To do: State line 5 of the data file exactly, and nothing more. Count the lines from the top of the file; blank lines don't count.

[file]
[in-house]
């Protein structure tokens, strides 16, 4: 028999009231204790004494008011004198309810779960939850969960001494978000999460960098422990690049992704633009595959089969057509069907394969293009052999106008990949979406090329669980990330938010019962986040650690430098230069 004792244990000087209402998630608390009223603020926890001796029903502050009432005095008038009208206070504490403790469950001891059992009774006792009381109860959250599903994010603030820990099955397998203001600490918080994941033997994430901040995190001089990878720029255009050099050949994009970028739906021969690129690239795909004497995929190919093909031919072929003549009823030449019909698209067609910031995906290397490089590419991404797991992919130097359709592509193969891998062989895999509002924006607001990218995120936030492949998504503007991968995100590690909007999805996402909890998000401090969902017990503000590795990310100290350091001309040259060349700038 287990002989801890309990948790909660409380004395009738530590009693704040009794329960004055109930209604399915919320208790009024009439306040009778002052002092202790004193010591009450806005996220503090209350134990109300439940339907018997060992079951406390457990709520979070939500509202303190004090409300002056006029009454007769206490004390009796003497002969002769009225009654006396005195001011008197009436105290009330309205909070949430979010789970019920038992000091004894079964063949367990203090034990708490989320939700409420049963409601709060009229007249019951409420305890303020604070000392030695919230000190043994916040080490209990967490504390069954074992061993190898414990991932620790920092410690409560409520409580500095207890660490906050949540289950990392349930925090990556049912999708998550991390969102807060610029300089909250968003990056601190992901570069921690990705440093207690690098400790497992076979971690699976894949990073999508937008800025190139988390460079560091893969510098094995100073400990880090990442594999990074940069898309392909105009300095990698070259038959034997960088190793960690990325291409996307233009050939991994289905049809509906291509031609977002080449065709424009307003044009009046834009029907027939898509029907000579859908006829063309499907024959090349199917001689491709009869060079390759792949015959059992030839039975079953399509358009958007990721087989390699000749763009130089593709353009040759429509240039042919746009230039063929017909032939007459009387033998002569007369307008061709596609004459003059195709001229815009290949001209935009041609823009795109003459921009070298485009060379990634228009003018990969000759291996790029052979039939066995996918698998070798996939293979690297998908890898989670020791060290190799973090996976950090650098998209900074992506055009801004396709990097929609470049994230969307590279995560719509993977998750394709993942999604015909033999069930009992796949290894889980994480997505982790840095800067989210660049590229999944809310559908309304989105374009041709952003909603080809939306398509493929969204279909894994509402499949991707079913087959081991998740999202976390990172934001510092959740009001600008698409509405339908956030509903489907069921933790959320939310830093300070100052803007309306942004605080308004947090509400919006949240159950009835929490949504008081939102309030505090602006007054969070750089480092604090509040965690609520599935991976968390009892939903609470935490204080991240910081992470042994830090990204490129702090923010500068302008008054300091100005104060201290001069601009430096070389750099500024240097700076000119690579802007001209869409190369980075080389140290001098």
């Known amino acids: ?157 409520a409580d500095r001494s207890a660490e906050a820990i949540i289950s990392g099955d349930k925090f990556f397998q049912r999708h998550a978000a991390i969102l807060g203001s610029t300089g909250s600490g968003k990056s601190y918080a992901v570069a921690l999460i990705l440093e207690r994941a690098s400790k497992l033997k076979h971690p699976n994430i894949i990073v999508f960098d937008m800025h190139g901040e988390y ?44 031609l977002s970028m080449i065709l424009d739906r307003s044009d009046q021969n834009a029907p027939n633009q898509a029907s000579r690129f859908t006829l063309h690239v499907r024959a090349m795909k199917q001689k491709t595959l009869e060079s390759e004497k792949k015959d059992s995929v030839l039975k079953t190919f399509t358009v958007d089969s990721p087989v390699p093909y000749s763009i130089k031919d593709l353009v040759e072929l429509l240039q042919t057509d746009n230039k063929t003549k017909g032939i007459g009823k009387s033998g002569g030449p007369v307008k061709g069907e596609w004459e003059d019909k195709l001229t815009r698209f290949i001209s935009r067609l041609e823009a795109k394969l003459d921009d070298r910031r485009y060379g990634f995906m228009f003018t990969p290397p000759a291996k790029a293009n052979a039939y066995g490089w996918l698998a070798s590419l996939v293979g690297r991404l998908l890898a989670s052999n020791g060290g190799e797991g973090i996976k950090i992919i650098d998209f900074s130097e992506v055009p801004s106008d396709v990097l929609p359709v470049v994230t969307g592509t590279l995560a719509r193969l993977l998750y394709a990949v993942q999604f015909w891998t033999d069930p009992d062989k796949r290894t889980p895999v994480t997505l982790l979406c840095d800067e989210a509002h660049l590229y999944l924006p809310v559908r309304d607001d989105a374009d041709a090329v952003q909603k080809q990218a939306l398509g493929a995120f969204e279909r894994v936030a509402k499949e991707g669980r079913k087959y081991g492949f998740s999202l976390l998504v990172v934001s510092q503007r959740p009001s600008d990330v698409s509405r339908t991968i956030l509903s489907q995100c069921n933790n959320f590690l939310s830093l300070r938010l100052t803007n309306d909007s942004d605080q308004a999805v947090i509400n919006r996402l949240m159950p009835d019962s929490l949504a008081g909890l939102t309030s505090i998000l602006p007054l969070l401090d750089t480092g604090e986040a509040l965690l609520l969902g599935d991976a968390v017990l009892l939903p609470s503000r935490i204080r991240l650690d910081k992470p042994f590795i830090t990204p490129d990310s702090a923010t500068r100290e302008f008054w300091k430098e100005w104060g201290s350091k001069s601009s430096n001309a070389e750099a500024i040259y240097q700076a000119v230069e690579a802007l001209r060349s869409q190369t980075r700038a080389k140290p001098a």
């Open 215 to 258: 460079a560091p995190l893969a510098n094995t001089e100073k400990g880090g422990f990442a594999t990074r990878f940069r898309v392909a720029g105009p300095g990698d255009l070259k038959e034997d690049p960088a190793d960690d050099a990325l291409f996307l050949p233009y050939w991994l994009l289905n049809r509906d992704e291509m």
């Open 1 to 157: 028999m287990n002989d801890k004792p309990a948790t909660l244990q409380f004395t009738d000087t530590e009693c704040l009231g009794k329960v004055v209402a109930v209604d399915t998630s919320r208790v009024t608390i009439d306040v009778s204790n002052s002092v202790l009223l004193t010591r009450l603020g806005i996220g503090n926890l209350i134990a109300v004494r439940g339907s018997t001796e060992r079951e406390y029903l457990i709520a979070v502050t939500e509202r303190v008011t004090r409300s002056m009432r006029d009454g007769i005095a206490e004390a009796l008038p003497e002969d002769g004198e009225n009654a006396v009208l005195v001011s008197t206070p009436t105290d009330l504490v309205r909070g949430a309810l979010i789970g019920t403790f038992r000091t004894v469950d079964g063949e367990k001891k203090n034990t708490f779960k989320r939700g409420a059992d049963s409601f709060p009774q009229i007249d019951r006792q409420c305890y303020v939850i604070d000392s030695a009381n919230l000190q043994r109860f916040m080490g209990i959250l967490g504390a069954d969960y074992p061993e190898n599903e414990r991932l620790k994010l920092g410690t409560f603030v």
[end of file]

């Open 1 to 157: 028999m287990n002989d801890k004792p309990a948790t909660l244990q409380f004395t009738d000087t530590e009693c704040l009231g009794k329960v004055v209402a109930v209604d399915t998630s919320r208790v009024t608390i009439d306040v009778s204790n002052s002092v202790l009223l004193t010591r009450l603020g806005i996220g503090n926890l209350i134990a109300v004494r439940g339907s018997t001796e060992r079951e406390y029903l457990i709520a979070v502050t939500e509202r303190v008011t004090r409300s002056m009432r006029d009454g007769i005095a206490e004390a009796l008038p003497e002969d002769g004198e009225n009654a006396v009208l005195v001011s008197t206070p009436t105290d009330l504490v309205r909070g949430a309810l979010i789970g019920t403790f038992r000091t004894v469950d079964g063949e367990k001891k203090n034990t708490f779960k989320r939700g409420a059992d049963s409601f709060p009774q009229i007249d019951r006792q409420c305890y303020v939850i604070d000392s030695a009381n919230l000190q043994r109860f916040m080490g209990i959250l967490g504390a069954d969960y074992p061993e190898n599903e414990r991932l620790k994010l920092g410690t409560f603030v």